BassWestUSA - March/April, 2011, Page 43

to cast your lure beyond where you think a bed is and bring it past that spot on the retrieve.

Once you have located a bed, you can start ex- perimenting with different lures to trigger bites. My favorite lure for shing stained or muddy water during the spawn is a black and blue jig with a Kicker Fish Bait Company Kicker Kraw trailer. It’s a larger pro le bait with long claws and tentacles, so it produces a lot of vibration. Those features make it easier for sh to nd. I also like to Carolina rig an 8-inch Kicker Fish Hightail Lizard. That lizard works well in those situations because the holes molded into the body cause the lizard to oat up off the bottom. When you drag it on a C-rig through a bed, it provides a different look. I actually prefer that presentation if I have not pinpointed a speci c bed. Dark colors, like June Bug, seem to work well in a variety of poor visibility situations. In general, bait sizes are larger when compared to those you would use in clearer water. You can use just about any rod and line size, too, for rigging. I tell people to use what they have the most con dence in. Mono lament line types and higher pound test lines won’t spook sh as easily in muddy water like they can in clear.

KEEP YOUR DISTANCE. Even though bass in muddy water are easier to catch when you can’t see them, you still want to keep your distance. If I locate what I believe is a bed, I’ll back off and drop my Power Poles before I even make a cast. The big thing I believe is that you never want a sh to know you are there. If you drop a Power Pole, you have the ability to stay back and not worry about hitting your trolling motor and spooking the sh. EXPERIMENT WITH HOOK SETS. If you get into situations where you are missing sh on the hook set, try experimenting with tim- ing. In general, I like to give bass I can’t see a little longer time before setting the hook than I would in clear water. There is more of a chance that you will miss a sh because it doesn’t have the hook in its mouth than there is that it will drop the bait. If you do it right, they won’t see or hear you, and will hang onto the bait longer. EARLIER IS BETTER. In my experience, the best dirty water bed shing occurs during the rst couple hours in the morning. I don’t know how to explain why they bite so much better in the morning other than it is the element of surprise. In clear water, bass can still make out an angler’s silhouette even in lowlight conditions. But if they can’t see you, then they will be quicker to react to something invading their space. Just imagine someone dropping a big, ole fake spider in your bed rst thing in the morning without seeing them sneak into your room… you will do everything you can to get it out of your bed in a hurry!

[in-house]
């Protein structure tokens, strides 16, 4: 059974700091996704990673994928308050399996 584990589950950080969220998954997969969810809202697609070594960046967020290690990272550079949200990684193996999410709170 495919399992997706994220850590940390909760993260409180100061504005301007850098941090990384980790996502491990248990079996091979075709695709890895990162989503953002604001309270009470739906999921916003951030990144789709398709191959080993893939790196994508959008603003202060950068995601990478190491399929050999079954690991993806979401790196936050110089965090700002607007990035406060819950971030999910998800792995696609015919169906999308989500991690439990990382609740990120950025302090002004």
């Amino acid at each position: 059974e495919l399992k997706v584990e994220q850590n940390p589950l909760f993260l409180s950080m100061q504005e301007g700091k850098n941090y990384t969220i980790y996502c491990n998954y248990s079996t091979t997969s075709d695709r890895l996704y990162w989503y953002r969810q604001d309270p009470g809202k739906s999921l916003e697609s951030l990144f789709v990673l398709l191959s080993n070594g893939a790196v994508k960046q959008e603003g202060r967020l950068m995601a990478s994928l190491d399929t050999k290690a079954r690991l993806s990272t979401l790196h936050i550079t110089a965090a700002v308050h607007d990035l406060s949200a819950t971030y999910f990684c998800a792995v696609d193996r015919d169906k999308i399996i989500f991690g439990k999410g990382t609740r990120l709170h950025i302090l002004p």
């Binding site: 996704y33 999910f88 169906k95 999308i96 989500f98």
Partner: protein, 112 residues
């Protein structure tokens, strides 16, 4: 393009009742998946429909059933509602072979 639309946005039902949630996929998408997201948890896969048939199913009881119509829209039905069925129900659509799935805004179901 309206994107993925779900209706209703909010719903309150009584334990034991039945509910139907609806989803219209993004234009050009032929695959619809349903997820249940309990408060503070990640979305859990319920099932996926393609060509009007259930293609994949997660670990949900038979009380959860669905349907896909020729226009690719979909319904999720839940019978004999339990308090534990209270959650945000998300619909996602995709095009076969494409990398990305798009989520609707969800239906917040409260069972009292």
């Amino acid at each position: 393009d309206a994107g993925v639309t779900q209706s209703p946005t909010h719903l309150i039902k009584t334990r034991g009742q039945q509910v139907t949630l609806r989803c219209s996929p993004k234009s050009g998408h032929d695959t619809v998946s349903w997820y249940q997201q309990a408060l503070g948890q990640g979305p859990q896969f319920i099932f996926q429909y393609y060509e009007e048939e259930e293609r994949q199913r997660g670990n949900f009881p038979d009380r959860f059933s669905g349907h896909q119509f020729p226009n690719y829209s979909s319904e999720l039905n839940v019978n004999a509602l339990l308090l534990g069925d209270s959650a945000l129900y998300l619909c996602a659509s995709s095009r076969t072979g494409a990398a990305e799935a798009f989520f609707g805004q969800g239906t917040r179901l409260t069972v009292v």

Kicker Kraw jig trailer (top) and Kicker Fish Hightail Lizard

CLEARING THE WATER. One last tip I learned a while ago that helps me when tree pollen, cottonwood seed, and other surface clutter blocks your view of bedding bass is to spray a small amount of a biodegradable soap onto the water. The soap will spread it out to the sides. I’ve seen guys use spray bottles, squirt guns, and su- per soakers for it. Of course, this works if the only thing preventing you from seeing the sh is that stuff on the surface. Apply Cody Bird’s blind side bed shing techniques, and you, too, will clearly see your springtime success improve! BWU


Ribbon hinge woRm

convicTion cRaw

Texas Rig Jig

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March/April 2011